Day 5: The Final Day
This is the final day of the Stage 1 of the Slam. I can’t believe I have survived this long, I must have burnt off thousands of calories and already achieved what I thought was going to be impossible. I am surrounded by incredible people; many have long since retired, made their fortunes, were a success in the business world, and left their halos behind. We were all in this together, we were friends and we had been through endless pain barriers together. RULE #20: There are only three remedies for pain. These are rest, alcohol and painkillers. Any combination of the three will do the job. I soon came to relate to Rule #20! Life is a series of rules. From the Ten Commandments to the Highway Code, we humans crave and need rules to avoid anarchy. Or maybe we simply want to avoid the embarrassment of breaking unspoken social guidelines. Thus it comes as no surprise that cycling too has its own unspoken, and in the case of Velominati, written rules. Velominati’s The Rules are to be admired for their verve, chuckled at for their humour, but never to be followed. A mixture of the serious, the chest beating, the polite and the traditional along with a healthy dose of tongue in cheek humour, The Rules make a good read and will lead all cyclists to shake and nod their head at the words before them. “The greatest crimes in the world are not committed by people breaking the rules but by people following the rules” Banksy. The Rules come in for much criticism, perhaps because the most (in)famous of which is Rule Number 5. Harden the F*** Up. Very macho. That said, the only criticism I have is not of The Rules themselves but anybody who takes them seriously!
Sort to Andorra: 69.8km / climbing 1689m Just when we all thought it was over, there was more climbing on the menu for today – we are climbing straight out of the blocks, this time for just under 20km. A well-deserved descent follows and then the slightly gentler climb up into the tax free greyness of Andorra which sees the end of stage 1. We all have to carry our passports for the border control, but we soon learn cyclists are the respected elite, and we are waved past. There is a competitive spirit settling in, and we finally get ourselves organised into what looks like a pro Peloton. We average speeds of 35-40km per hour on the flats, and take our turns on the front, shop keepers cheer us along and school children applaud us as if we are pop stars!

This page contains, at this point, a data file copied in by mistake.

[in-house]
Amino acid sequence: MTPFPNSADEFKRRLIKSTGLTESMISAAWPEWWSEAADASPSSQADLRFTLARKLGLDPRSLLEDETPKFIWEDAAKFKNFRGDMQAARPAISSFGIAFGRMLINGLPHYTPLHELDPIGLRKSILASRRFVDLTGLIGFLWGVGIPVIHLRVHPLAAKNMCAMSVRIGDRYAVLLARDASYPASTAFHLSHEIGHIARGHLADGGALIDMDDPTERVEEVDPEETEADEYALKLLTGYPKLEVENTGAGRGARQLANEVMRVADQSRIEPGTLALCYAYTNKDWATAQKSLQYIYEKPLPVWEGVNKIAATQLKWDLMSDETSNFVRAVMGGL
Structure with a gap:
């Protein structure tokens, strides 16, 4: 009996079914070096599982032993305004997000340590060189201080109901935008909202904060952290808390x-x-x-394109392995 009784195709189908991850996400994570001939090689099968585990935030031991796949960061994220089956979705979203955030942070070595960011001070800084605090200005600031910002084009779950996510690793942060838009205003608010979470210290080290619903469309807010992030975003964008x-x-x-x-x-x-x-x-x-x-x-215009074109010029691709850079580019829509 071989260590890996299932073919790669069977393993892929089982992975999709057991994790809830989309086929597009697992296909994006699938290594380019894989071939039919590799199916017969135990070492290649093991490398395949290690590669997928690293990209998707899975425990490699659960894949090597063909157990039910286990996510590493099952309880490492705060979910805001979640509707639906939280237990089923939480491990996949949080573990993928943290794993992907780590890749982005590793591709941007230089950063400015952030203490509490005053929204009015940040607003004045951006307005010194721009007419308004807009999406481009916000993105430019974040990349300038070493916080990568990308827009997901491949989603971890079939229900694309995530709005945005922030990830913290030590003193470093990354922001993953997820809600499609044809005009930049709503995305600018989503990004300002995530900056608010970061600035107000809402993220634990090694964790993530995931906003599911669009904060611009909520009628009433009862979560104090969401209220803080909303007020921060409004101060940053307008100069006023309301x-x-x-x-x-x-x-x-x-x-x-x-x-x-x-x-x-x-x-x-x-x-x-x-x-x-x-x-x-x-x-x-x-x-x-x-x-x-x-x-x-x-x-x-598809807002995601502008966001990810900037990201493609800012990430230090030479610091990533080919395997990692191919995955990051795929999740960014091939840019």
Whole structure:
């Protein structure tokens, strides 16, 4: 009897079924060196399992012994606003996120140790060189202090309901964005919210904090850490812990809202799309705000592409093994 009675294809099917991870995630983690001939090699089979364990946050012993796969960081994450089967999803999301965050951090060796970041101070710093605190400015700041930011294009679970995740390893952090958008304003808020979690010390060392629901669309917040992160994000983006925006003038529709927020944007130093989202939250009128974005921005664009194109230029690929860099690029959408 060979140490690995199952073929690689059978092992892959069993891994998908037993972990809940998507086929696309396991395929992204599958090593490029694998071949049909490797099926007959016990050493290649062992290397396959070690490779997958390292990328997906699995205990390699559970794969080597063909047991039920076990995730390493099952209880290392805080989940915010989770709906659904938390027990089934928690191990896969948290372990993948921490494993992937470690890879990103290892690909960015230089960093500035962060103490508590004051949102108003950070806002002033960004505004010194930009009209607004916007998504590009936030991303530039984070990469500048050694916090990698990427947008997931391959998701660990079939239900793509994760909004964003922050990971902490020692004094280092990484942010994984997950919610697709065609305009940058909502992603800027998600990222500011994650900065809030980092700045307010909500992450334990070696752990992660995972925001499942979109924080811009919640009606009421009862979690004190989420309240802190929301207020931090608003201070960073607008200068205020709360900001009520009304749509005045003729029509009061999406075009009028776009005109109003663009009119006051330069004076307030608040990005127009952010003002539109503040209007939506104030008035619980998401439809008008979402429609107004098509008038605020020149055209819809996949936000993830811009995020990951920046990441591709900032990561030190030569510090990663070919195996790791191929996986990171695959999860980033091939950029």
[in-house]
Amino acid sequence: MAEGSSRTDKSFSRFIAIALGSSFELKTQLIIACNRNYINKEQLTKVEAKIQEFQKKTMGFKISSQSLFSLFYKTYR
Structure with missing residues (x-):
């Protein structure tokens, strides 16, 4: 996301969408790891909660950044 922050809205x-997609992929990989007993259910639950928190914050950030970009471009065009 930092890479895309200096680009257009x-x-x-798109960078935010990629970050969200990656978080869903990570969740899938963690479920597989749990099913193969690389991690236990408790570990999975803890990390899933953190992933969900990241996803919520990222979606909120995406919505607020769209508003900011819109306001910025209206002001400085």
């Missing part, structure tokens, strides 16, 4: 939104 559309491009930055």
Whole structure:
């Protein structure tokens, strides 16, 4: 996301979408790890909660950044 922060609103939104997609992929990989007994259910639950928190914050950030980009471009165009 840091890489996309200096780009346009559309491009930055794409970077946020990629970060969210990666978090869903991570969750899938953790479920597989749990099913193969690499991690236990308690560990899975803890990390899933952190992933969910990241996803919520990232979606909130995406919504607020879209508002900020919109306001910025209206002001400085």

We finally arrive at our hotel – a rather smart hotel which is virtually empty. I cannot believe it is all over. We made it – group hugs all round and the Bollinger is opened to celebrate. Mr Ridgeley joins me for dinner, and the boys order some serious wines from the list (Sassicaia, Lynch Bages), Austin Healey gets his head shaved for the Dallaglio Foundation for £4K, Andrew Ridgeley speaks to George Michael and offers a signed T-shirt which is sold for £ 1k, Adrian Bridge offers a weekend with him in the Douro for 6 people and raises £15k; am I dreaming? No!
The Dallaglio Foundation is an incredible charity doing tremendous work to help youngsters who might have ended up in prison with no prospects, a chance for a brighter future. The people who participate are from all walks of life, all with an incredible story, all pulling together. This was an incredible journey I will never forget. Thank you Mentzendorff, thank you Lawrence.